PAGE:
Britain's International Trade Secretary Liam Fox arrives in Downing Street in central London on Oct 9, 2017. (BEN STANSALL / AFP)
BEIJING - British trade minister Liam Fox said on Wednesday that London would continue to welcome foreign investment.
Fox was on a visit to China, the latest installment in long-running economic talks between China and Britain, which has taken on new importance for Britain as it looks to re-invent itself as a global trading nation after leaving the European Union in 2019.
Fox's remarks came after a US panel rejected China's Ant Financial's acquisition of MoneyGram International.
The UK has traditionally been an open country, welcoming of foreign direct investment. And we'll continue to do that
Liam Fox, British trade minister
Asked whether Britain would serve as an alternative destination for such Chinese investment, Fox told Reuters in an interview that he hoped the investment relationship would "work in two directions", but that Britain would remain open.
"Of course, we would look, as other countries would do, at our security issues in terms of investment. But the UK has traditionally been an open country, welcoming of foreign direct investment. And we'll continue to do that," Fox said.
He did not comment specifically on the US panel decision.
China is one of the countries with which Britain hopes to sign a free trade pact once it leaves the EU, and London and Beijing have been keen to show that Britain's withdrawal from the bloc will not affect ties.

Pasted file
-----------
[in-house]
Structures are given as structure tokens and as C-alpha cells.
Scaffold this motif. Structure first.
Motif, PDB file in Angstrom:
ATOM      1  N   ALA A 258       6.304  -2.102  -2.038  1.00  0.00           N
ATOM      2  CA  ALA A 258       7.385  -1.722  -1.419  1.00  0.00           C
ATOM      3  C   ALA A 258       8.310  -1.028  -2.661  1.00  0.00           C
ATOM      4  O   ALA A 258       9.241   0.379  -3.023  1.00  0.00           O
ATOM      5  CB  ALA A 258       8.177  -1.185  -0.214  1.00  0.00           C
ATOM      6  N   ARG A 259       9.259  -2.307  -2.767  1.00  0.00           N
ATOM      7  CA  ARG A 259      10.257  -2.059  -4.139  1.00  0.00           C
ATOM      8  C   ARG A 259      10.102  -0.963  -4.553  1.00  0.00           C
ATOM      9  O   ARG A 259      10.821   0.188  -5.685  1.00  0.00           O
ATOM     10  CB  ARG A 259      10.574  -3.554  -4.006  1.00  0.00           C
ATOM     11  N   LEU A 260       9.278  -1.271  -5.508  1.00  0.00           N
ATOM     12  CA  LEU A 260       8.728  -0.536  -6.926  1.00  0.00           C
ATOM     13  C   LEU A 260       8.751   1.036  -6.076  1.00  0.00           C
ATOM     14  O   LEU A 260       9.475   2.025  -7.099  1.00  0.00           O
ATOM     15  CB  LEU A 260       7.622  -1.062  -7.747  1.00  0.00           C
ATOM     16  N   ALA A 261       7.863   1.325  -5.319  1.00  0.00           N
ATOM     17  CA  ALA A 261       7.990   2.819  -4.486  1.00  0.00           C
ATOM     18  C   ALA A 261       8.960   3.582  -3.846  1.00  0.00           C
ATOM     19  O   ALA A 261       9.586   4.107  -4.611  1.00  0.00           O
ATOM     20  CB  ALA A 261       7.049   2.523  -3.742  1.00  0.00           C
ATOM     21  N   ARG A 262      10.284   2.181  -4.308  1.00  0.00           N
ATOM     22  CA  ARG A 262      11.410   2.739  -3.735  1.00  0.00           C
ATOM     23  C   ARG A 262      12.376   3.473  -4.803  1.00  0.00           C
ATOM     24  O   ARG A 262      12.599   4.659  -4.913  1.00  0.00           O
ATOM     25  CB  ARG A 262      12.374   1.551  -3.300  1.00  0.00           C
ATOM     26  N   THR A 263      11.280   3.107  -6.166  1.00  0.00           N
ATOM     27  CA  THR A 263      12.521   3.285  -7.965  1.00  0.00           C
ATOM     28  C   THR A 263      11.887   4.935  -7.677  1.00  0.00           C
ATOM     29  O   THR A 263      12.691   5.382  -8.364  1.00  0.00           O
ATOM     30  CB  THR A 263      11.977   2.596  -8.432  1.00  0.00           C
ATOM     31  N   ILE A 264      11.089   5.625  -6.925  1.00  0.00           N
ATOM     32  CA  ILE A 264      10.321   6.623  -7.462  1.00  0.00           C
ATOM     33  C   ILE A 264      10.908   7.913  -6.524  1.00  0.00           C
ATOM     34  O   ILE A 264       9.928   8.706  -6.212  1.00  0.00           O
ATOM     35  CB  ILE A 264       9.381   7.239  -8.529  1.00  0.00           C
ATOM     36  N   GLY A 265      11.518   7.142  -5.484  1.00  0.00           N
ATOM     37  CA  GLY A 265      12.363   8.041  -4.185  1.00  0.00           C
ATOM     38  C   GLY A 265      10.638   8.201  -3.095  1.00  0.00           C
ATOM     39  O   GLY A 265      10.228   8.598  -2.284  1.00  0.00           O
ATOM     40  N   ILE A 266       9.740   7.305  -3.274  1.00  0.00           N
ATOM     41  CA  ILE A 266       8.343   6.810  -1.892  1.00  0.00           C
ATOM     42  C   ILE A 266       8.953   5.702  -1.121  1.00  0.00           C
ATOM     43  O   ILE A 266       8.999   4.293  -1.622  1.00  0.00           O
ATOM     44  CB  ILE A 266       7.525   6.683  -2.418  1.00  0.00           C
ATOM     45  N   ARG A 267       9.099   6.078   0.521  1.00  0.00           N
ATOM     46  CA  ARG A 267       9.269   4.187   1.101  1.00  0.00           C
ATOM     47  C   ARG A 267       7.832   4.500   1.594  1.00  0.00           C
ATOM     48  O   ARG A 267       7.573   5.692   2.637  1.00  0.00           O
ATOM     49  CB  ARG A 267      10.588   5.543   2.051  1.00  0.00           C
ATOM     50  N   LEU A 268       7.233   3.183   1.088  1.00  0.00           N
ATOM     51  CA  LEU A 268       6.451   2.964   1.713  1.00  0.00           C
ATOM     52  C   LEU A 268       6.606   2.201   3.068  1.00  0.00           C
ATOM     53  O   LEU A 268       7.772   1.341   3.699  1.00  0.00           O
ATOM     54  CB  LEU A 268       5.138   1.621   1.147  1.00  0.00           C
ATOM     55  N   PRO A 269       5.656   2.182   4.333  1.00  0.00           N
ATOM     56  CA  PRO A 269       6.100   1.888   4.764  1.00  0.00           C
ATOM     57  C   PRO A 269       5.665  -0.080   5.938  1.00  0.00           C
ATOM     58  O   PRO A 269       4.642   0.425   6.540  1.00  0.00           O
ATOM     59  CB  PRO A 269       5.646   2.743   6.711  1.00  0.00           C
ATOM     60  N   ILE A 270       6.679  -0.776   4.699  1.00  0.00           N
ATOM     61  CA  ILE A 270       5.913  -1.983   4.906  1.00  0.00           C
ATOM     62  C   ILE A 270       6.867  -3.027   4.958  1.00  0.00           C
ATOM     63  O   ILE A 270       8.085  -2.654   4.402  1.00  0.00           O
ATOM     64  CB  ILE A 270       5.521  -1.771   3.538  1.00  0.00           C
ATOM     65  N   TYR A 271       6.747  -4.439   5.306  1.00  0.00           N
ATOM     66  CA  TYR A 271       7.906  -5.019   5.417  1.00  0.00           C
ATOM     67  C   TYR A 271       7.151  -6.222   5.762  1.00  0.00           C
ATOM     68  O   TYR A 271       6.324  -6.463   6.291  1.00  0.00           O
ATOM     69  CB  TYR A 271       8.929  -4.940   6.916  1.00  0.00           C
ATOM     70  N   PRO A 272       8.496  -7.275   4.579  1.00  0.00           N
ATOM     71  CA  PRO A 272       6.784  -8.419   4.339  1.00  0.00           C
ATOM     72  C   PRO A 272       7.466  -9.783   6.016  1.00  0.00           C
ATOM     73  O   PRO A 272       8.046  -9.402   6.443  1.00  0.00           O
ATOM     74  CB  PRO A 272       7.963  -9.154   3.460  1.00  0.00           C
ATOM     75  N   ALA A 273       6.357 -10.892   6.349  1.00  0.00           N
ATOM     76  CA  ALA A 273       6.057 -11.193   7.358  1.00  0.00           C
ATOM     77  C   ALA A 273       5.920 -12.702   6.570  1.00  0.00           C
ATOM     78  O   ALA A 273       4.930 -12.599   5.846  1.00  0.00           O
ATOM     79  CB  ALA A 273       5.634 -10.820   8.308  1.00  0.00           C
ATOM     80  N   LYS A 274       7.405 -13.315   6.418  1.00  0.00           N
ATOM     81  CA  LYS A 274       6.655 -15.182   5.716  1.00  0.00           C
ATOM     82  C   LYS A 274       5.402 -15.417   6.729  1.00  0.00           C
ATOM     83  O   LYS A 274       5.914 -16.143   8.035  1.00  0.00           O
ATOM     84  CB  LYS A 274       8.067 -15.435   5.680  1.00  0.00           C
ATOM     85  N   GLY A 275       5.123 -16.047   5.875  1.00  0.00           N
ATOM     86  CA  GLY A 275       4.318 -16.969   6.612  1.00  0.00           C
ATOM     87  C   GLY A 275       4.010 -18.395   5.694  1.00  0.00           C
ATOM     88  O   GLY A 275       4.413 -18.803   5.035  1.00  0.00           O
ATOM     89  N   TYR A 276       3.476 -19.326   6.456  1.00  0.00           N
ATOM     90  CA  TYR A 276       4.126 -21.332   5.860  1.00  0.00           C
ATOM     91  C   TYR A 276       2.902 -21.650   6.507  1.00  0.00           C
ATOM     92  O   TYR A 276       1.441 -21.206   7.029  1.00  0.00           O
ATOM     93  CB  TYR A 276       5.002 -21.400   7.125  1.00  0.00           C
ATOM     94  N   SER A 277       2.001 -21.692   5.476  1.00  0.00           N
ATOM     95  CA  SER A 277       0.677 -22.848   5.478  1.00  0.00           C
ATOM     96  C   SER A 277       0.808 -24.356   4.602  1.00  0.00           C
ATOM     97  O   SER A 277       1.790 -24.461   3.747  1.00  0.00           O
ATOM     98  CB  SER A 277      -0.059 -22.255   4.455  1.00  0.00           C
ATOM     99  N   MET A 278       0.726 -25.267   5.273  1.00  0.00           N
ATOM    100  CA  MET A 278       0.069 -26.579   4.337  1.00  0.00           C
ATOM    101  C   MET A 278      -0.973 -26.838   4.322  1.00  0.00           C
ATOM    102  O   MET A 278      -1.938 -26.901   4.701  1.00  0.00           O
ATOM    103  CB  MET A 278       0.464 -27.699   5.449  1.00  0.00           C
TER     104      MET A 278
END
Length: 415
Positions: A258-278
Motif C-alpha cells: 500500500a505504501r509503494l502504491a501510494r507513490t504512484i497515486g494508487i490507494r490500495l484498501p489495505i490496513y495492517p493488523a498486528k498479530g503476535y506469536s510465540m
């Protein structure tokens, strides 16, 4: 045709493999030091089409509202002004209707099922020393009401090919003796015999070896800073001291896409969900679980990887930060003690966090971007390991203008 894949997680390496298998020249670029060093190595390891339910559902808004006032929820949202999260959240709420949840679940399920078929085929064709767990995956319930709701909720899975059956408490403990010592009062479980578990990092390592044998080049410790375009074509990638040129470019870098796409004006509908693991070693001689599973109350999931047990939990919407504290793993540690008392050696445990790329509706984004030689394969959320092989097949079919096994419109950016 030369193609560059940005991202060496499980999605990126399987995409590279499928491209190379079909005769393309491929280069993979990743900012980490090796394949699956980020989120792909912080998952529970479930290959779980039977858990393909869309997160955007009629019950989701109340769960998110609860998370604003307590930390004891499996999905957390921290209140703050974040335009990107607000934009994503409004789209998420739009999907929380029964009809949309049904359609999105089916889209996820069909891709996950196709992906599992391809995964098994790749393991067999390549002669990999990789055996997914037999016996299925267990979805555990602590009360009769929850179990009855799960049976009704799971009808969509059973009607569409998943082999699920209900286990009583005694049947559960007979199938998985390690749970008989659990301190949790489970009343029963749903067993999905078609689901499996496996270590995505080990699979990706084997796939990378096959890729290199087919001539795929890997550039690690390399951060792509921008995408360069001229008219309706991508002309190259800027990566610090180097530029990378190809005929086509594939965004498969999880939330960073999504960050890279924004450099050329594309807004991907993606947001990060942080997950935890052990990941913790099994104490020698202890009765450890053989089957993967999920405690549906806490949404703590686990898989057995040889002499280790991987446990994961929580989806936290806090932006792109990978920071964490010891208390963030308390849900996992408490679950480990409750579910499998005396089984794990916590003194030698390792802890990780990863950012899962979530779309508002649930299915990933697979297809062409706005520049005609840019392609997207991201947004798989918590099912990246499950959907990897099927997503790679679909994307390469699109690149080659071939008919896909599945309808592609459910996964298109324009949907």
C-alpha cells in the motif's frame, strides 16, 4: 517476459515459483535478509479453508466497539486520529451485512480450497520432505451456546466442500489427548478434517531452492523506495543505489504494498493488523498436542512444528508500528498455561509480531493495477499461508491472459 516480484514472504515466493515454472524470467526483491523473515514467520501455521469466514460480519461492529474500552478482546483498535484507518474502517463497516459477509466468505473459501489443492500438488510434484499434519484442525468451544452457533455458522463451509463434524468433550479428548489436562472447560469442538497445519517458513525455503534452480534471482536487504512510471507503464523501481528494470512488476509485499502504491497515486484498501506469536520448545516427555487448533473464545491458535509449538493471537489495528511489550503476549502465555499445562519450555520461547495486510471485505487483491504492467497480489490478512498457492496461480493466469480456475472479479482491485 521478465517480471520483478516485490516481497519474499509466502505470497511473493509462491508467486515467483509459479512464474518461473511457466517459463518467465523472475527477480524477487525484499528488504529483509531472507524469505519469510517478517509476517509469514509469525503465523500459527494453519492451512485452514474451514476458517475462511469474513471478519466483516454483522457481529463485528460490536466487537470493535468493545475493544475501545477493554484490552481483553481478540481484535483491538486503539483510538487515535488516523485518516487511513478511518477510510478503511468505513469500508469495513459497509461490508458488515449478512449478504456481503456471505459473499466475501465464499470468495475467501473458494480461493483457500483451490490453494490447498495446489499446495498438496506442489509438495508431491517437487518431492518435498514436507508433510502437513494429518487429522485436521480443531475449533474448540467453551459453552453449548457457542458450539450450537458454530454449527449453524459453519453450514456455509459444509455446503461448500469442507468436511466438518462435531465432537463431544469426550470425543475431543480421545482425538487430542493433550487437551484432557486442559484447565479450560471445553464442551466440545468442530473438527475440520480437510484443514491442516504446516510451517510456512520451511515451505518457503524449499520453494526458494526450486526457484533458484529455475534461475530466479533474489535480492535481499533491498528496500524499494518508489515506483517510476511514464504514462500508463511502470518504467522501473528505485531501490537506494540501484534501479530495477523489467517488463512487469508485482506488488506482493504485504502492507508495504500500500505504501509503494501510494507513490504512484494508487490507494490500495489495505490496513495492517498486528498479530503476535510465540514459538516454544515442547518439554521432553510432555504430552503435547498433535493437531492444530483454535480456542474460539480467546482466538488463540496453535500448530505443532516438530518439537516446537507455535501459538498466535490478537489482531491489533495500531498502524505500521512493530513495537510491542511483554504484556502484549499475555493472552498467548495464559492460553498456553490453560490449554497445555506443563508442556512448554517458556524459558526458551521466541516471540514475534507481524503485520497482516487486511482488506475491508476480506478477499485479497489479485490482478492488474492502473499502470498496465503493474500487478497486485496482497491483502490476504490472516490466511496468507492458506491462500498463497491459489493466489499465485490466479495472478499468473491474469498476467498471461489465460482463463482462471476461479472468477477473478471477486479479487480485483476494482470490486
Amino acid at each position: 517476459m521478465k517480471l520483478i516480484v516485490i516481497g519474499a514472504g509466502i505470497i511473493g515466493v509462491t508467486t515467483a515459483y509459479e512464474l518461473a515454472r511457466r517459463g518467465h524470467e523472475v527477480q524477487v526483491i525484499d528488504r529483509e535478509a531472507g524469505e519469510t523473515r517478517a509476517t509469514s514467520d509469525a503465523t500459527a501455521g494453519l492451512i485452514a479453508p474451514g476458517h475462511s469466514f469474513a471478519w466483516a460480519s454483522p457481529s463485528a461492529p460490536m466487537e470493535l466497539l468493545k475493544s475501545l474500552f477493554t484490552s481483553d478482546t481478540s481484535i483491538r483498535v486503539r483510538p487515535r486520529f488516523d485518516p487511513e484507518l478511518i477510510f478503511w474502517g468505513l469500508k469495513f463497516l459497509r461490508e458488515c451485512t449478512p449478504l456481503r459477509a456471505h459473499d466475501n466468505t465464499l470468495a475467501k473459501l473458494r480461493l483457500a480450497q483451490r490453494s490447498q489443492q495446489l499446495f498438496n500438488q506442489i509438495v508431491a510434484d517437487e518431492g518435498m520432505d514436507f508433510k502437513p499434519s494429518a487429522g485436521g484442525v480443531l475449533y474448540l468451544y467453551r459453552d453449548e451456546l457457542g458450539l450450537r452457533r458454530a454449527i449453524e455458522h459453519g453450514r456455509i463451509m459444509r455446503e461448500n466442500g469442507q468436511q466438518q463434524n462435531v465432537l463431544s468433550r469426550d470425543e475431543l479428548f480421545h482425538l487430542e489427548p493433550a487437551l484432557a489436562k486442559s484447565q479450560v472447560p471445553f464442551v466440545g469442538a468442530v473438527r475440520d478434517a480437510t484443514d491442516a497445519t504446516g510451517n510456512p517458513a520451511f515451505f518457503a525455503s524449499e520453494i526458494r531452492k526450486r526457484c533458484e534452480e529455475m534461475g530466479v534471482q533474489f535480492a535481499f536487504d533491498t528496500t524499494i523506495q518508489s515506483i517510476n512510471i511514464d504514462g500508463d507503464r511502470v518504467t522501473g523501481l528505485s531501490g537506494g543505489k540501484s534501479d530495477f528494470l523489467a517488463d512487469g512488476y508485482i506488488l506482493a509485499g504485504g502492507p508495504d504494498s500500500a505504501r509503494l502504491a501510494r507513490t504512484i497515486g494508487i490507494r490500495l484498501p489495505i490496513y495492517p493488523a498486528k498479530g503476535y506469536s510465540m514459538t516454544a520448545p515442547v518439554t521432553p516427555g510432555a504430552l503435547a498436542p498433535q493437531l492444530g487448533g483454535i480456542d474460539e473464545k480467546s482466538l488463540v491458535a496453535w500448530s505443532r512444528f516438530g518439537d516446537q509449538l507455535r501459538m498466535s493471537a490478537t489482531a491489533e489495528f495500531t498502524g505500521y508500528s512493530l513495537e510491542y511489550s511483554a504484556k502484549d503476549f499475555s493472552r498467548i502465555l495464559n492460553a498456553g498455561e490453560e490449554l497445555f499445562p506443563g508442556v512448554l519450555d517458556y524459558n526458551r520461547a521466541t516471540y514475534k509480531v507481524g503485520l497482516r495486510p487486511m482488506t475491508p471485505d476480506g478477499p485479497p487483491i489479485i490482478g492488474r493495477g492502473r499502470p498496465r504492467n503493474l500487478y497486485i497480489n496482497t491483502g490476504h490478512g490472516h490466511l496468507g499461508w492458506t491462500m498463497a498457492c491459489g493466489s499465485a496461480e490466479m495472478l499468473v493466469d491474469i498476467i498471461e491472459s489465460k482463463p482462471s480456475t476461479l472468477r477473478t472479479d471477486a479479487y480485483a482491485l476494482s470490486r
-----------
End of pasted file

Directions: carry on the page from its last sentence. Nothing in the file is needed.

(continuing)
Fox said there were more options than a post-Brexit free trade agreement (FTA) with Beijing, including specific service sector agreements and mutual recognition deals.
"There are a whole range of tools in the box. And people tend to talk as though an FTA is the only tool we have available in terms of trade liberalization. It's not," he said.
British Prime Minister Theresa May is expected to visit China later this month accompanied by a business delegation, diplomatic and business sources have told Reuters, though the trip has not been formally confirmed.
Too soon to seek membership of TPP
Also on Wednesday, Fox said it was too soon to seek membership of the Trans-Pacific Partnership (TPP) trade pact.
"We don't know what the success of the TPP is going to yet look like, because it isn't yet negotiated. So it would be a little bit premature for us to be wanting to sign up to something that we're not sure what the final details will look like," Fox told Reuters in an interview.
"However, we have said that we want to be an open outward looking country, and therefore it would be foolish for us to rule out any particular outcomes for the future. So we'll keep an open mind, and we'll want to talk to our global trading partners."
READ MORE: Brexit offer to EU citizens leaves many cold
The Financial Times reported on Wednesday that Britain had started informal talks about joining the bloc in a bid to boost post-Brexit exports. It quoted a junior trade minister saying there was no geographical restriction on the deal.